In lieu of an abstract, here is a brief excerpt of the content:

Reviews 65 Victorian excesses of Twain’s folly next door, contrast dramatically with the “country” settings, with Robinson Jeffers’s rough stone Tor House by the sea in Carmel and the rambling ranch near Taos Frank Waters has filled with artifacts from his extensive collection of Indian art. While the quality and informative nature of Betts’s text are uneven, her black and white photographs are consistently excellent. The writer’s world is a world of things, physical items, yet hardly a physical world because its things suggest realities beyond the physical. Betts’s photograph of the old megaphone radio Sinclair Lewis bought after the publication of Main Street for the father whose unyielding nature drove him from home tells a poignant story, as does the bleak hallway lighted by a single naked bulb in Dixieland, the Asheville, N. C., “great chill boarding house tomb” owned and operated by Thomas Wolfe’s mother. The crude self-portrait of Flannery O’Connor with broad-brimmed hat and pheasant cock in the sitting room of Andalusia tells of an energetic genius whose early departure leaves a definite void in the white farmhouse about which her peafowl strut. Indian artifacts and cowboy memorabilia in Zane Grey’s rambling house in Lackawaxen, Pa., tell of an imaginative home two thousand miles from where the author lived. Betts knows how to speak in photographs, and how to group them; one hopes that she will turn her talent and camera toward the important American writers she has failed to include in this book. JOHN J. MURPHY Merrimack College The Life of D. H. Lawrence. By Keith Sagar. (New York: Pantheon Books, 1980. 256 pages, $17.95.) In 1966 Keith Sagar published his The Art of D. H. Lawrence, a booklength critical study of Lawrence’s works. Now he offers the other side in The Life of D. H. Lawrence. Though Life does pay some attention to the writings, its main concern is with Lawrence’s life. To facilitate this orienta­ tion, Professor Sagar has introduced a host of new Lawrence letters and photographs of people who knew Lawrence. He also offers a biography that has some of the character of an art book — comfortably large print inter­ woven with illustrations on almost every page, and eight pages of colored illustrations of paintings by Lawrence and friends. Further, the reader has the pleasure of seeing individuals or places juxtaposed with their description in the text. One of the basic challenges in writing about Lawrence biographically is to avoid hagiography on the one hand, and character assassination on the other. Though Sagar clearly regards Lawrence as one of the great figures in 66 Western American Literature 20th century literature, he criticizes Lawrence when necessary. When, in a letter about his history textbook Movements in European History, Lawrence says “I feel in a historical mood. . . . The chief feeling is, that men were all alike, and always will be, and one must view the species with contempt . . . and find a few individuals to rule the species,” Sagar points out the dangerous elitism of these sentiments, nor does he fail to indicate a few pernicious aspects about Lawrence’s “blood religion.” despite its central importance in Lawrence’s work. A good biography will evince some degree of originality, not an easy feat considering how much attention Lawrence’s life and career have received. Sagar enlivens his biography with some arresting insights and judgments. It is almost a convention today in Sons-and-Lovers criticism to assume that this novel suffers from Lawrence’s confusion about his relationship to his mother. Even Lawrence claimed later that he would have written “a differ­ ent Sons and l.overs now: my mother was wrong, and I thought she was absolutely right.” (Sagar, p. 59). Yet, according to Sagar, “his mother had been neither right nor wrong, or both right and wrong, and the novel as we have it, making no such judgements, is the better for its ambiguity” (p. 59). Moreover, Sagar ranks The Captain s Doll above The Fox. A distraction in Life is the inadequate separation between Sagar’s text and that of his quotations. The quotes are barely differentiated from Sagar...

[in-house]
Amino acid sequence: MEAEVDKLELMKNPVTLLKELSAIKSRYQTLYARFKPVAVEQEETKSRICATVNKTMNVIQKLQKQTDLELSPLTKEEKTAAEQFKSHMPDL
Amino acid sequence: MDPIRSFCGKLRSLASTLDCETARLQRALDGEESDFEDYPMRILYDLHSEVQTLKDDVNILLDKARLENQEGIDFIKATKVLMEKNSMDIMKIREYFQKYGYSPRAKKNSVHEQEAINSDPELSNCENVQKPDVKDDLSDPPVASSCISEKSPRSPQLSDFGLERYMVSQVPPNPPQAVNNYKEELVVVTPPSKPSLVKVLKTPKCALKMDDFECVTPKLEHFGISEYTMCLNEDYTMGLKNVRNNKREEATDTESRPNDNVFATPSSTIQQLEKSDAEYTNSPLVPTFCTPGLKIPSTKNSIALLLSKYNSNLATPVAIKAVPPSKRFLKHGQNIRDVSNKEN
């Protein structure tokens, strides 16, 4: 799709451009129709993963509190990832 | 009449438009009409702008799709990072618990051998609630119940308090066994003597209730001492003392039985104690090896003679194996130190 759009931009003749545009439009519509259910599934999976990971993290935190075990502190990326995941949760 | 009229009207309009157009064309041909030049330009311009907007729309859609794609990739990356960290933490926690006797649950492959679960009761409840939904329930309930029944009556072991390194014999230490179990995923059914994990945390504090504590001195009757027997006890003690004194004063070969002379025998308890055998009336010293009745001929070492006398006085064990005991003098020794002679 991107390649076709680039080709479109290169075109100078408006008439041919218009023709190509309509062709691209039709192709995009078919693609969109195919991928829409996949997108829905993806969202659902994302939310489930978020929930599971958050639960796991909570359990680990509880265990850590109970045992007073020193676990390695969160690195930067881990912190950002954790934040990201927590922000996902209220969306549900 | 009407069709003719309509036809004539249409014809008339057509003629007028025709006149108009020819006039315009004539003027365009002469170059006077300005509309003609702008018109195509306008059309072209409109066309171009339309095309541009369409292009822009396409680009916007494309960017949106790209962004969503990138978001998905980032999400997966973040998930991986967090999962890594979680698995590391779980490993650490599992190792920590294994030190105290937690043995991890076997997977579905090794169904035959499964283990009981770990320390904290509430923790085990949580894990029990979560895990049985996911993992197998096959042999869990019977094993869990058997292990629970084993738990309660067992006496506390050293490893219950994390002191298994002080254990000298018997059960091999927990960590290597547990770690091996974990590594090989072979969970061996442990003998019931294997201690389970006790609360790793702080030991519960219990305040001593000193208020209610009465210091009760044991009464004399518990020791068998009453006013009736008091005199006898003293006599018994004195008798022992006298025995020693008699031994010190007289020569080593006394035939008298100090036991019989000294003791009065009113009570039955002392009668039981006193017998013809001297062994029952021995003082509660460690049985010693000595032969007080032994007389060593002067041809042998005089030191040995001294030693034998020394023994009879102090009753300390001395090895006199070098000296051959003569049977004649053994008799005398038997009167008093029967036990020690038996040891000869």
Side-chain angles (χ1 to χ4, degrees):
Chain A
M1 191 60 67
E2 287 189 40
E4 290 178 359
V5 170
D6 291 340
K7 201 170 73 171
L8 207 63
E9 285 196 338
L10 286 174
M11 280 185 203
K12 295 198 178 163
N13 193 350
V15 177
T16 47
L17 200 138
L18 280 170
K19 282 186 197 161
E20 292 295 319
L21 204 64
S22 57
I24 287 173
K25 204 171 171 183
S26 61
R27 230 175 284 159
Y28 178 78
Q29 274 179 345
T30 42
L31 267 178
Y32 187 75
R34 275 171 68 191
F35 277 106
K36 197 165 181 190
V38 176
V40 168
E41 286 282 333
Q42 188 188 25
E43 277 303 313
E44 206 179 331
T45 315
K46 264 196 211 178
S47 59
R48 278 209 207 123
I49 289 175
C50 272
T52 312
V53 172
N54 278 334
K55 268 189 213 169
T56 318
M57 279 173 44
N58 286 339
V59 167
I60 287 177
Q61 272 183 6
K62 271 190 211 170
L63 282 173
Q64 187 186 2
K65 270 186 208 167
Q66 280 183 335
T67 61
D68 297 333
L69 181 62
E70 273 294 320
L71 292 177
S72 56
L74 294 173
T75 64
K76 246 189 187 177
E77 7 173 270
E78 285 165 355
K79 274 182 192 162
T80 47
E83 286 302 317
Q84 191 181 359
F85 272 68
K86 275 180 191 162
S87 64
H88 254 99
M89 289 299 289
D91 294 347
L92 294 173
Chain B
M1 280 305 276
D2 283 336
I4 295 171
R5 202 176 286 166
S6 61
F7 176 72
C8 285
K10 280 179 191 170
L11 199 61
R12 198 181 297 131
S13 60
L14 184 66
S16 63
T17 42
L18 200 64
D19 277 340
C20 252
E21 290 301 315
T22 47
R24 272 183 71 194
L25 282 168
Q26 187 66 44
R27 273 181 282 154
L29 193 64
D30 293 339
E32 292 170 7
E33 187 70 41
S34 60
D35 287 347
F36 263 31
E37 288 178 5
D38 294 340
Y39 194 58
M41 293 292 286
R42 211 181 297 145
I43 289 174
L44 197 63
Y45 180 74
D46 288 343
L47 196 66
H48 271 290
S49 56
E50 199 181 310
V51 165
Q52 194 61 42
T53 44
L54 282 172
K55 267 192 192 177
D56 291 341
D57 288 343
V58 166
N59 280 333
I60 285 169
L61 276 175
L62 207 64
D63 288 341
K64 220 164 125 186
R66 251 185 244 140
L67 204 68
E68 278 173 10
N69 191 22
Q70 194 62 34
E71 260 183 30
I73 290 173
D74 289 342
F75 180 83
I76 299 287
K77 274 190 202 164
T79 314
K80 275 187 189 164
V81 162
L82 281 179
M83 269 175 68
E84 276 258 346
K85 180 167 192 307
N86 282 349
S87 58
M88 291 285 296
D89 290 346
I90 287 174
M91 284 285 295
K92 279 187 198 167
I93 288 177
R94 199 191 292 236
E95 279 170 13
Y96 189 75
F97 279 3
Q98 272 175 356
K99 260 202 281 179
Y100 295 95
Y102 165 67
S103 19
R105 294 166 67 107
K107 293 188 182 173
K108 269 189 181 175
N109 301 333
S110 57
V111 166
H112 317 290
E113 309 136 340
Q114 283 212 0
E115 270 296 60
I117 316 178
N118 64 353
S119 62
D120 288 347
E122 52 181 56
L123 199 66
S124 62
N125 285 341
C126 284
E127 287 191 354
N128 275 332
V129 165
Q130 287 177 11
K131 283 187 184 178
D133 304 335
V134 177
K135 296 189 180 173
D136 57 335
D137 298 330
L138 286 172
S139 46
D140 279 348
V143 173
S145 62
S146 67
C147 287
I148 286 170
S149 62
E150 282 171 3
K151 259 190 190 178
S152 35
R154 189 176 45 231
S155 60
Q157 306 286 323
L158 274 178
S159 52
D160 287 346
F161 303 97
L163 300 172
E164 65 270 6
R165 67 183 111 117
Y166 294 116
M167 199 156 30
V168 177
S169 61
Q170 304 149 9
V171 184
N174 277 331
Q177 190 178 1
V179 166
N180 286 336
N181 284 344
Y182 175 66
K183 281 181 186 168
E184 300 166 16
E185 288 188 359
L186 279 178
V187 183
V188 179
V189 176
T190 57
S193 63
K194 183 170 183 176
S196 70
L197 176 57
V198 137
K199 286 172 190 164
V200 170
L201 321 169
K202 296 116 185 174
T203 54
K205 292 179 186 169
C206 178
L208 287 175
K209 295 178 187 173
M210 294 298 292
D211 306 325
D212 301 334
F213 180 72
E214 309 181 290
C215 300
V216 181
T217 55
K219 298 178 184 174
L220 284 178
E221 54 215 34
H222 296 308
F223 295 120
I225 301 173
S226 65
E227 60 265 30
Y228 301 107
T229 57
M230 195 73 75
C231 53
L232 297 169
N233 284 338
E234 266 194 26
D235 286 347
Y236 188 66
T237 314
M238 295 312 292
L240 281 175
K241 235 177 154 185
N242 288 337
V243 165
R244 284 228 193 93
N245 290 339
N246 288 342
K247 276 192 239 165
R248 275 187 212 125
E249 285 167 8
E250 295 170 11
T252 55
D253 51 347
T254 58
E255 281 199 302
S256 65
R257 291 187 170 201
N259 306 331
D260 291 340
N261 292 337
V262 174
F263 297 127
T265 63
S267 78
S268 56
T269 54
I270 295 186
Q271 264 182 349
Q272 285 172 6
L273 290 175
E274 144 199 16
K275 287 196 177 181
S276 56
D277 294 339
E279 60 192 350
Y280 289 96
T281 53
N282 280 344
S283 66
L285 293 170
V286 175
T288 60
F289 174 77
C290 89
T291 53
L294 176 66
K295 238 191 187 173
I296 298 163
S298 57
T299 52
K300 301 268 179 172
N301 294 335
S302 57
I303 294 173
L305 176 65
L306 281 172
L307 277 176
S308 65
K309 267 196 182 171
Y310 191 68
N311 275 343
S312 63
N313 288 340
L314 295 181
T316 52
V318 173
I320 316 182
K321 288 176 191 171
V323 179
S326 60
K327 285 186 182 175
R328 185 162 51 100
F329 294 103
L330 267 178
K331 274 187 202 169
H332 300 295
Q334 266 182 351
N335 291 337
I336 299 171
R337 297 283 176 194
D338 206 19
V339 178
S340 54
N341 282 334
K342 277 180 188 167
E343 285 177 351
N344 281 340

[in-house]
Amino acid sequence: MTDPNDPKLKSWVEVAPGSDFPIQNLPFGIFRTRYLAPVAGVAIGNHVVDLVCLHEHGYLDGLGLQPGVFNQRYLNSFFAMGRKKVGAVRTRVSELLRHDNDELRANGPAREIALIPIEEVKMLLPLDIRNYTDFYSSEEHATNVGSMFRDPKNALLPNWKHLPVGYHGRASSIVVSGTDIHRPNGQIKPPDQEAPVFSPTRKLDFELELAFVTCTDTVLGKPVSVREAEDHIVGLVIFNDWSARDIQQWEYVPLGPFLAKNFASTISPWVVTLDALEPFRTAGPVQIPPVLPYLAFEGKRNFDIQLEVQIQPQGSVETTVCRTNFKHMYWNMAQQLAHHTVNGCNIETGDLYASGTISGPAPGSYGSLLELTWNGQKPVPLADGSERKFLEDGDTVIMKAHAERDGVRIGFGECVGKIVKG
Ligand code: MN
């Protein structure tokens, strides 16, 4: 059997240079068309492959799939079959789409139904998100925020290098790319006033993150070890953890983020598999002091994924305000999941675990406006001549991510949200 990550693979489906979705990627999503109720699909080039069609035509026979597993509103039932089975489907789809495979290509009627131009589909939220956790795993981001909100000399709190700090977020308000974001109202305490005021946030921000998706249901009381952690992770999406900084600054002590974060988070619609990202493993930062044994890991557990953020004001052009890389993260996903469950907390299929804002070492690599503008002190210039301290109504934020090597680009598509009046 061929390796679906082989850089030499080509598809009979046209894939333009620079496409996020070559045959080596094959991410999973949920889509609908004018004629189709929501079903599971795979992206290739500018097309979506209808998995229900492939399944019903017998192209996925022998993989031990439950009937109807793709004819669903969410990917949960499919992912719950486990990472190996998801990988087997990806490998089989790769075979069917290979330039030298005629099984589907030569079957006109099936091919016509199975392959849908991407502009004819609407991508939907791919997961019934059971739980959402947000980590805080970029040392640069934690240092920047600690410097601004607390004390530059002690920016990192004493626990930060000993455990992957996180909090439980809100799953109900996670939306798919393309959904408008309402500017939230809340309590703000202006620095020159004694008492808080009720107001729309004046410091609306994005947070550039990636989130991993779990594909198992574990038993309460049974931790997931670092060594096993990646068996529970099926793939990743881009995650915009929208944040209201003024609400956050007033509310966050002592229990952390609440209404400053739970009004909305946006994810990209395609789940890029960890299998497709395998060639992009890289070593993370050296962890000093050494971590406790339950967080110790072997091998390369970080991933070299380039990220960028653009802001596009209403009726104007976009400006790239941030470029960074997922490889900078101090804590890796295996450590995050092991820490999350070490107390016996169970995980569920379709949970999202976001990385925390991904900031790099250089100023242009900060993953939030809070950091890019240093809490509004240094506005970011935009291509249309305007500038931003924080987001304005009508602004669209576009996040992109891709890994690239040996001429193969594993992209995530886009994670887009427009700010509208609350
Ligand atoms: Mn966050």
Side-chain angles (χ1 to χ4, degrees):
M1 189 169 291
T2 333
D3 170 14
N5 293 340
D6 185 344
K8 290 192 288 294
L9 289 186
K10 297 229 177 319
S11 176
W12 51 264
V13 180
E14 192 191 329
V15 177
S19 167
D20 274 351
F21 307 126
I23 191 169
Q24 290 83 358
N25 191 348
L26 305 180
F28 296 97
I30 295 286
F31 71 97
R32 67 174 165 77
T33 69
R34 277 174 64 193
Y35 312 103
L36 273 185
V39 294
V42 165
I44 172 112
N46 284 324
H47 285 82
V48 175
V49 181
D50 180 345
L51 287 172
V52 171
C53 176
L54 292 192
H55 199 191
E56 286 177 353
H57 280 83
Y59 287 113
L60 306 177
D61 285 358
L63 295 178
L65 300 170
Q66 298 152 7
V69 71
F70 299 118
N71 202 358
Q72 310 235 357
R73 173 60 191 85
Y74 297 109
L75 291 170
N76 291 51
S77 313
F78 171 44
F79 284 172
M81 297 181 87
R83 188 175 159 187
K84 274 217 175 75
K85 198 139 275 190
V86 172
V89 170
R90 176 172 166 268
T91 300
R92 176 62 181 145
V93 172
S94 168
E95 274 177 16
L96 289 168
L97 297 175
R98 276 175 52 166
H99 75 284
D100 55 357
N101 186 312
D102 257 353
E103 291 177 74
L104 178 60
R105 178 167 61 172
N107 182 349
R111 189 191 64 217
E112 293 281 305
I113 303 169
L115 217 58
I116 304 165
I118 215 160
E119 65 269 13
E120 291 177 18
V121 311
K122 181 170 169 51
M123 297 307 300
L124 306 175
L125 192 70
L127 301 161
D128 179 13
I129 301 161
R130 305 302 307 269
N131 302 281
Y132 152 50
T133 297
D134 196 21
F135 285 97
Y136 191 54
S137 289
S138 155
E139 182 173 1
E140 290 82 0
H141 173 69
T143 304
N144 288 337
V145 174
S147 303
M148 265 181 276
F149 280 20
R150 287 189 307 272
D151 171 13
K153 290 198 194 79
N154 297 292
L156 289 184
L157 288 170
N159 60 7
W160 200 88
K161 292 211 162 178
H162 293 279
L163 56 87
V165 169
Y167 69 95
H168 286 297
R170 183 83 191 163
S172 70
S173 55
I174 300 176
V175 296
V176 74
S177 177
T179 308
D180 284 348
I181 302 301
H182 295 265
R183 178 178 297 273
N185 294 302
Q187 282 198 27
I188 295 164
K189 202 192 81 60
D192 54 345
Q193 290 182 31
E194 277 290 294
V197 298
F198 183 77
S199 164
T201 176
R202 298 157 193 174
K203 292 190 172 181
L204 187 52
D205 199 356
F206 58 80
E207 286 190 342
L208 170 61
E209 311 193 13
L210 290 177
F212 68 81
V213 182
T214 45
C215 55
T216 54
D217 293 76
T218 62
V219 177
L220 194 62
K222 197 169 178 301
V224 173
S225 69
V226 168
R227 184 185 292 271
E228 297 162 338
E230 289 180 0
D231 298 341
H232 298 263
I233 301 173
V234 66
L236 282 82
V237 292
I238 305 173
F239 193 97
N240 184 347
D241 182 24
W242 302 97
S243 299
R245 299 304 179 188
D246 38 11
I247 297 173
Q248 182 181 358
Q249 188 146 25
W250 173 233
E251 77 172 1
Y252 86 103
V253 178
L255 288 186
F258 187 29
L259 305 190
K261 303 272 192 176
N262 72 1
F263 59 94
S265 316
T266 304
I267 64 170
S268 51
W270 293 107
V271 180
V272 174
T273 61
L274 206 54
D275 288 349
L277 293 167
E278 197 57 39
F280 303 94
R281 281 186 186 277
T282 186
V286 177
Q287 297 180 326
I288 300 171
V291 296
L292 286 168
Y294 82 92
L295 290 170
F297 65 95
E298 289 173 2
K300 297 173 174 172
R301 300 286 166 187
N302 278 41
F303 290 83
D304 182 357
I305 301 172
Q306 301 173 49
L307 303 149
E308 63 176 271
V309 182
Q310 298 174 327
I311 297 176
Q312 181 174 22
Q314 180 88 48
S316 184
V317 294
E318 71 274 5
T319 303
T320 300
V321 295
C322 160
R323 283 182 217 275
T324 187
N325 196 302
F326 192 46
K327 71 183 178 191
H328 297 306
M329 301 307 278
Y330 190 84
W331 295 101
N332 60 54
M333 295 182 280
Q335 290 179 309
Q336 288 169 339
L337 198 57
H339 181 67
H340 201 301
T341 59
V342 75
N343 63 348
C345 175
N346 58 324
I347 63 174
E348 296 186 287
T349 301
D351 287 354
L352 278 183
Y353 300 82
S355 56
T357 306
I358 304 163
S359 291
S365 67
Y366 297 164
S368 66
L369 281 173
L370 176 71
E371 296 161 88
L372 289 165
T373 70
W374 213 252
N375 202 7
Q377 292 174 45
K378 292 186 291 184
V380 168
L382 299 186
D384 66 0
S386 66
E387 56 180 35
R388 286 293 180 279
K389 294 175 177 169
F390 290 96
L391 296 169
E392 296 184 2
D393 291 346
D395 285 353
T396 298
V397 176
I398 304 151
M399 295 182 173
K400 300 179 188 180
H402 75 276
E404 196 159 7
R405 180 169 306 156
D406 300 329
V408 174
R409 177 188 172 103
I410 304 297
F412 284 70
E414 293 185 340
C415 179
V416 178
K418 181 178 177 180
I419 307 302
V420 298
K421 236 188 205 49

Additional Information

Print ISSN
pp. 65-66
Launched on MUSE
Open Access
Back To Top

This website uses cookies to ensure you get the best experience on our website. Without cookies your experience may not be seamless.